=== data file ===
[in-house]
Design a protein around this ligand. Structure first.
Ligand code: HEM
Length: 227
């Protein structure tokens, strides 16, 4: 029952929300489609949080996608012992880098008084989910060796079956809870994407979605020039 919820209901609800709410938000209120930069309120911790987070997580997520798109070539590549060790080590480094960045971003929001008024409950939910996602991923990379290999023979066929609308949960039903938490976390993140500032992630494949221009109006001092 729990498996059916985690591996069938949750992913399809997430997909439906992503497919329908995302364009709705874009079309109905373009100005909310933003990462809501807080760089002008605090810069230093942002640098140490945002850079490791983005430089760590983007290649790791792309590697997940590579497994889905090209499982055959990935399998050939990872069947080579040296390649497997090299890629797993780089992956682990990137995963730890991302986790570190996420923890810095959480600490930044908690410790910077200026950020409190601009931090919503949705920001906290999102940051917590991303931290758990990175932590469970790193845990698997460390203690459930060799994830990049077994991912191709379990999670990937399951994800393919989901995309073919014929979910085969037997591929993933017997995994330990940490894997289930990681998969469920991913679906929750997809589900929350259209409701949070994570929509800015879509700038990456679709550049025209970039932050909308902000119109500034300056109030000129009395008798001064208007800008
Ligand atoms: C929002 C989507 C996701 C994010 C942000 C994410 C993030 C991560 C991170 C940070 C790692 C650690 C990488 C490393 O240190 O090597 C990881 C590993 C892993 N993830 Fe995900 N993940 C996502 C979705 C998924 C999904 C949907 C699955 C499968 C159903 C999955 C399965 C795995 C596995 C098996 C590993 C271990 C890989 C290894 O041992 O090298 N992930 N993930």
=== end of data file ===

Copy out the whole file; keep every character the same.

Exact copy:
[in-house]
Design a protein around this ligand. Structure first.
Ligand code: HEM
Length: 227
């Protein structure tokens, strides 16, 4: 029952929300489609949080996608012992880098008084989910060796079956809870994407979605020039 919820209901609800709410938000209120930069309120911790987070997580997520798109070539590549060790080590480094960045971003929001008024409950939910996602991923990379290999023979066929609308949960039903938490976390993140500032992630494949221009109006001092 729990498996059916985690591996069938949750992913399809997430997909439906992503497919329908995302364009709705874009079309109905373009100005909310933003990462809501807080760089002008605090810069230093942002640098140490945002850079490791983005430089760590983007290649790791792309590697997940590579497994889905090209499982055959990935399998050939990872069947080579040296390649497997090299890629797993780089992956682990990137995963730890991302986790570190996420923890810095959480600490930044908690410790910077200026950020409190601009931090919503949705920001906290999102940051917590991303931290758990990175932590469970790193845990698997460390203690459930060799994830990049077994991912191709379990999670990937399951994800393919989901995309073919014929979910085969037997591929993933017997995994330990940490894997289930990681998969469920991913679906929750997809589900929350259209409701949070994570929509800015879509700038990456679709550049025209970039932050909308902000119109500034300056109030000129009395008798001064208007800008
Ligand atoms: C929002 C989507 C996701 C994010 C942000 C994410 C993030 C991560 C991170 C940070 C790692 C650690 C990488 C490393 O240190 O090597 C990881 C590993 C892993 N993830 Fe995900 N993940 C996502 C979705 C998924 C999904 C949907 C699955 C499968 C159903 C999955 C399965 C795995 C596995 C098996 C590993 C271990 C890989 C290894 O041992 O090298 N992930 N993930």